CHRISTMAS, PRESENT expertly blends the sad and sentimental with the uplifting and inspiring, and somehow manages to be both heartwarming and heart wrenching at the same time. Elliott and his wife of 14 years, Laura, are on their way home from their anniversary celebration two days before Christmas when a searing pain in Laura's head forces an abrupt visit to the local hospital. The pain turns out to be far more than an ordinary migraine and they soon learn the horrible truth that Laura has a fatal, inoperable brain hemorrhage that leaves her with mere hours to live.
As her family gathers around from near and far on Christmas Eve, Laura shares with them loving memories of a life well-lived and she bestows on them her blessings and hopes for the future. Her good-byes to her beloved husband and three daughters are particularly fraught with emotion. However we are saved from over-the-top sentimentality thanks to Laura's serene, reflective demeanor and Mitchard's straightforward prose. Laura's legacy to her shocked and grief-stricken family is giving them the gift and promise of the future by encouraging them to live life to the fullest in her absence. The final chapter provides an uplifting respite from the novel's weighty sadness, as we glimpse into the future and see Elliott and their daughters living out Laura's dying wish for them to visit Paris.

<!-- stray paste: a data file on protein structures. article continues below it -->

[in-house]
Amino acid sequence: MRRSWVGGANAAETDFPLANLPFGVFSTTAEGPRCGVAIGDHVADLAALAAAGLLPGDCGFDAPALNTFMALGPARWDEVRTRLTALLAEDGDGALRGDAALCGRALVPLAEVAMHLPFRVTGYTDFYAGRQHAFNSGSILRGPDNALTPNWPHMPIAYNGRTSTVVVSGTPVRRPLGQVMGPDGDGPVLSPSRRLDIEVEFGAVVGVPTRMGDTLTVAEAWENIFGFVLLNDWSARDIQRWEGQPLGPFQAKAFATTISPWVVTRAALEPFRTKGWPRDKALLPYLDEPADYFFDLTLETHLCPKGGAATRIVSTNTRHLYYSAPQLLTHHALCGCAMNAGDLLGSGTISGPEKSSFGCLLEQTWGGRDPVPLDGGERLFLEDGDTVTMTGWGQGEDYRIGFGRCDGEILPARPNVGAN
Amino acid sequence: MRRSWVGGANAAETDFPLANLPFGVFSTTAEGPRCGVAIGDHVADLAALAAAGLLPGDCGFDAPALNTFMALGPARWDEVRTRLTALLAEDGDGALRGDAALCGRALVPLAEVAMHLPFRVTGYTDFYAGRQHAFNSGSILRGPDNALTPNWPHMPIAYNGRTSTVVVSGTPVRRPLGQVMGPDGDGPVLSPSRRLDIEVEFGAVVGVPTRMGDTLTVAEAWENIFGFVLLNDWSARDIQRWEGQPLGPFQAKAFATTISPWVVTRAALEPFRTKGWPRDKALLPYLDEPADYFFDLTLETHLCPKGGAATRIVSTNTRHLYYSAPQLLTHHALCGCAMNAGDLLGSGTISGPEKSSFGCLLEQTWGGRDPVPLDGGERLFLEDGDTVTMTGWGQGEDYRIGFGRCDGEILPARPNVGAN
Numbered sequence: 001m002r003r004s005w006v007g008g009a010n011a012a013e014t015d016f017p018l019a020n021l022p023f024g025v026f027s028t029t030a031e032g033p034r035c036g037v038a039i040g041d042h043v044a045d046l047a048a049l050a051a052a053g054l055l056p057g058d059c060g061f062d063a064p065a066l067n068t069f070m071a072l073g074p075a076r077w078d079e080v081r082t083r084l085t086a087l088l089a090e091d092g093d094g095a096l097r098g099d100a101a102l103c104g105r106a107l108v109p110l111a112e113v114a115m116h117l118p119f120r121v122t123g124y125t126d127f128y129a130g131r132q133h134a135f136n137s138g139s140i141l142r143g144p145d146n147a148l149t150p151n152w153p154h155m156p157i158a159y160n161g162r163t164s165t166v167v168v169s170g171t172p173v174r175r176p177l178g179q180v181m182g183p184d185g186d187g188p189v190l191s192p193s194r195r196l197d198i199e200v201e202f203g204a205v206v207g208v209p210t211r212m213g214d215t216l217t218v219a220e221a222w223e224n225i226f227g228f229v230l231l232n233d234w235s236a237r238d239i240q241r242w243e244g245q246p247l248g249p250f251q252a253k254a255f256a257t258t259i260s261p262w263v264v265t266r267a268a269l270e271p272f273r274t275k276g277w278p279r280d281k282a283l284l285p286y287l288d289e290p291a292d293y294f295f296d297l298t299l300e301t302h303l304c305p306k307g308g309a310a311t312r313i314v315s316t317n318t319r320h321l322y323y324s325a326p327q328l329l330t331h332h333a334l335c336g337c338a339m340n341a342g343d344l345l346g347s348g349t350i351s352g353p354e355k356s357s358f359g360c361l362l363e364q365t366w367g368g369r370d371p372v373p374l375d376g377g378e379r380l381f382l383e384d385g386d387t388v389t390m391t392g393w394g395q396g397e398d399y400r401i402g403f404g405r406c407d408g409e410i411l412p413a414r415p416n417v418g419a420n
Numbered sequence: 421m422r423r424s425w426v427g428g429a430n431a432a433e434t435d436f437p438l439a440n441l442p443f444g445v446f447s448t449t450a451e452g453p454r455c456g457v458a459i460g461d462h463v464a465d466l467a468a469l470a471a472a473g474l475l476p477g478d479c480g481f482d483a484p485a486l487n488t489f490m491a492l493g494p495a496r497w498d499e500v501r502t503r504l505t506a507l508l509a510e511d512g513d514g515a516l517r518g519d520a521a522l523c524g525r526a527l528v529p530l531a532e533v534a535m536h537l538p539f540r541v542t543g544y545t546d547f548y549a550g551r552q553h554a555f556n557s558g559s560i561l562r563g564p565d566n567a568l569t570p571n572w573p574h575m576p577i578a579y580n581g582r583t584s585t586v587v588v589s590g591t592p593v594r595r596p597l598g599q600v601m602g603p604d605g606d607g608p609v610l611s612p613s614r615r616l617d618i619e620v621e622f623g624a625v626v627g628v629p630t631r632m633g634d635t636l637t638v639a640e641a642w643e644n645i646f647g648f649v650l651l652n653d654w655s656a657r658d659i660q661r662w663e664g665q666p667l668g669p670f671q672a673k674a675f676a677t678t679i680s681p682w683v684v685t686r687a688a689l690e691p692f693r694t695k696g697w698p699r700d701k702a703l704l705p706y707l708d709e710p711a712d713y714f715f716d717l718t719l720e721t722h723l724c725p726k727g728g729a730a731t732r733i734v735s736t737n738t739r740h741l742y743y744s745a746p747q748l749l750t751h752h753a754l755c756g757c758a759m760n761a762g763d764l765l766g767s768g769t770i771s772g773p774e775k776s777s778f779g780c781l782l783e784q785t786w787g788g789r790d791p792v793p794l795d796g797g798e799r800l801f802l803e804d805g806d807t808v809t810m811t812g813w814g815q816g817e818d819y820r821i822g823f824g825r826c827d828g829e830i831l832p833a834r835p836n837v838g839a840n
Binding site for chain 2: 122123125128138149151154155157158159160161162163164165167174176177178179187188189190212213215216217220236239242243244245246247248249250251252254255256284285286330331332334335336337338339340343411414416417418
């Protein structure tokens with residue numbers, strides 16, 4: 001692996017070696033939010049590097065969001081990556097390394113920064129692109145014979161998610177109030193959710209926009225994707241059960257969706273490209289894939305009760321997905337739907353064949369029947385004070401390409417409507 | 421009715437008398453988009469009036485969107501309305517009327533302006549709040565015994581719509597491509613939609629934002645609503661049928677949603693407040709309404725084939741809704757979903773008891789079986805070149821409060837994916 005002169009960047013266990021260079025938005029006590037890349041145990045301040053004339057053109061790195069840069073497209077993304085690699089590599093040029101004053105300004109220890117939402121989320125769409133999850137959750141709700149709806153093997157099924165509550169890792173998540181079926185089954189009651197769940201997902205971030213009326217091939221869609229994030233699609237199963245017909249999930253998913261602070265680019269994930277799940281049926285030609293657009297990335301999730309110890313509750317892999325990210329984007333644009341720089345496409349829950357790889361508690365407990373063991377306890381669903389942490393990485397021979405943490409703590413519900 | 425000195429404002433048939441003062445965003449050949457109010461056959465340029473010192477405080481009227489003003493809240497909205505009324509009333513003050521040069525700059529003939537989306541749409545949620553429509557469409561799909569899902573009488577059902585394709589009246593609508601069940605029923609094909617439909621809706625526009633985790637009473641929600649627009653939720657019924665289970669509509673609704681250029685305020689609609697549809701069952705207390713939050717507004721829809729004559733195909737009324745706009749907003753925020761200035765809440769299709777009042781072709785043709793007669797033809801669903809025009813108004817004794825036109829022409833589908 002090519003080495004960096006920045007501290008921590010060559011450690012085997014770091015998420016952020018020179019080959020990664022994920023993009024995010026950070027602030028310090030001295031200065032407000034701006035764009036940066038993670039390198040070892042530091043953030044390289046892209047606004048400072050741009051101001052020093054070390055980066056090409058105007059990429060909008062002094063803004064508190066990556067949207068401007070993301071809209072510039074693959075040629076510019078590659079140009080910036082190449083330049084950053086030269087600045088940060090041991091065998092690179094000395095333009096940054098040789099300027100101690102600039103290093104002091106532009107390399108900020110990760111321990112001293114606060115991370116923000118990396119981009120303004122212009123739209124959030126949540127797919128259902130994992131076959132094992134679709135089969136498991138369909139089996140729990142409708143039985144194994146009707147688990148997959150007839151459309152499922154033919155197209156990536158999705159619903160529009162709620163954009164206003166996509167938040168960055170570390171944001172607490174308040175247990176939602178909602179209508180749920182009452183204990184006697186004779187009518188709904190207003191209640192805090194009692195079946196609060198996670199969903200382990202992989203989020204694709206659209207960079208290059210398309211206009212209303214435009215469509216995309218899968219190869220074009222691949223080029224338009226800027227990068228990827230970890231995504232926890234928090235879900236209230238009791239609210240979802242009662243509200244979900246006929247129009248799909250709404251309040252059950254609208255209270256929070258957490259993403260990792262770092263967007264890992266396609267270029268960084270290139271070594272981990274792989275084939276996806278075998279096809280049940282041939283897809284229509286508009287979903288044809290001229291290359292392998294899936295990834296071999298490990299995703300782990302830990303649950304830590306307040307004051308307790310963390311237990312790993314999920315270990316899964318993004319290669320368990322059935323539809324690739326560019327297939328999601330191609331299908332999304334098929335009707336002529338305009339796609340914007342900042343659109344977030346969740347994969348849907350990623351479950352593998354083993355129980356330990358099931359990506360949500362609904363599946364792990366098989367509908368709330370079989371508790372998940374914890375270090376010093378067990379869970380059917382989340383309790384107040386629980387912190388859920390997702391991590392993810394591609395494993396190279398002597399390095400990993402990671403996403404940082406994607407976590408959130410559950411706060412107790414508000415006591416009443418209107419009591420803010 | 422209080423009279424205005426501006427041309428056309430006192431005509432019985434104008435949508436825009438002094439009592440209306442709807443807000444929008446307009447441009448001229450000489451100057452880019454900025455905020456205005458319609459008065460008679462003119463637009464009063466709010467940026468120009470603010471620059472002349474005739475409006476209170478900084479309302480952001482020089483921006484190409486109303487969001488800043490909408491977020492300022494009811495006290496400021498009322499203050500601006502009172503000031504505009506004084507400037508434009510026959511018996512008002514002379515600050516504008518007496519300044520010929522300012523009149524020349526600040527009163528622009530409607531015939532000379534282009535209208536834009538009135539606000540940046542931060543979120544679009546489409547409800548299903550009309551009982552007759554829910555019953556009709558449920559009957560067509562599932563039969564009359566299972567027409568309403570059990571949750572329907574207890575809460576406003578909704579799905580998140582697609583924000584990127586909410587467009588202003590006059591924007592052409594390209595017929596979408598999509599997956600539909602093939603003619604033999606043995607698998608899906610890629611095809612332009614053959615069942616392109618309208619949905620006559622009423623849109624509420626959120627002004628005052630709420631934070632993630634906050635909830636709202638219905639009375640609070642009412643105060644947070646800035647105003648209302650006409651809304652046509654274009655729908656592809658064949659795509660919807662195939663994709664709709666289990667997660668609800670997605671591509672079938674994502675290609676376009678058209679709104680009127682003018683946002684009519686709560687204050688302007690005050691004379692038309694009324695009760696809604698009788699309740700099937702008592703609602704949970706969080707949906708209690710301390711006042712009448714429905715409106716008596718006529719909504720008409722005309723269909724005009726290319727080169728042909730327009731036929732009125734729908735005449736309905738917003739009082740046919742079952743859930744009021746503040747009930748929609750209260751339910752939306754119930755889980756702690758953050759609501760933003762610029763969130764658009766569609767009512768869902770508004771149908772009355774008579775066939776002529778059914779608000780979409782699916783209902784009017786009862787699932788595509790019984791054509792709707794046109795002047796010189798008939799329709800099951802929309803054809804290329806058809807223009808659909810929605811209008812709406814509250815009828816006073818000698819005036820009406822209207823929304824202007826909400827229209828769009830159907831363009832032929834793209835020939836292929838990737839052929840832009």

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3 of 3 people found the following review helpful By Judith Miller VINE VOICE on October 17, 2004
Format: Hardcover
CHRISTMAS, PRESENT begins with Elliot Banner planning a very special wedding anniversary for his wife, Laura. He surprises her with tickets to see the Cirque du Soleil. It's just two days before their December 23rd anniversary and a few days before Christmas. Laura mentions that she has a headache, and on the way home their car breaks down in a busy tunnel. While they're waiting for a wrecker, the headache that Laura has been having escalates, and she becomes severely ill.

The story continues with a shocking diagnosis for Laura and a gathering of their children, Laura's siblings and mother at the hospital.

This is a very small book and a fast read. It's well written and although the title is appropriate, this is not your usual Christmas story. I do recommend this book, but some people may prefer not to read it until after Christmas. This is a serious and mind wrenching story!
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7 of 9 people found the following review helpful By A Customer on December 27, 2003
Format: Hardcover
I just finished reading this book, and couldn't understand the glowing praise it had garnered. I gave it 2 stars, because it was well written, but the story was brutal. The potential in the set up was there, but wasn't realized. Why was the surprising "secret" included? It didn't make me see the heroine as more human - it made me dislike her. Why did she keep sending people, e.g. her husband, her brother, on errands? That seemed cruel. The final chapter which could have been a balm, simply reinforced my impressions: this was a family which was brutal to each other and the death of the mother did nothing to change that.
I cannot recommend this book.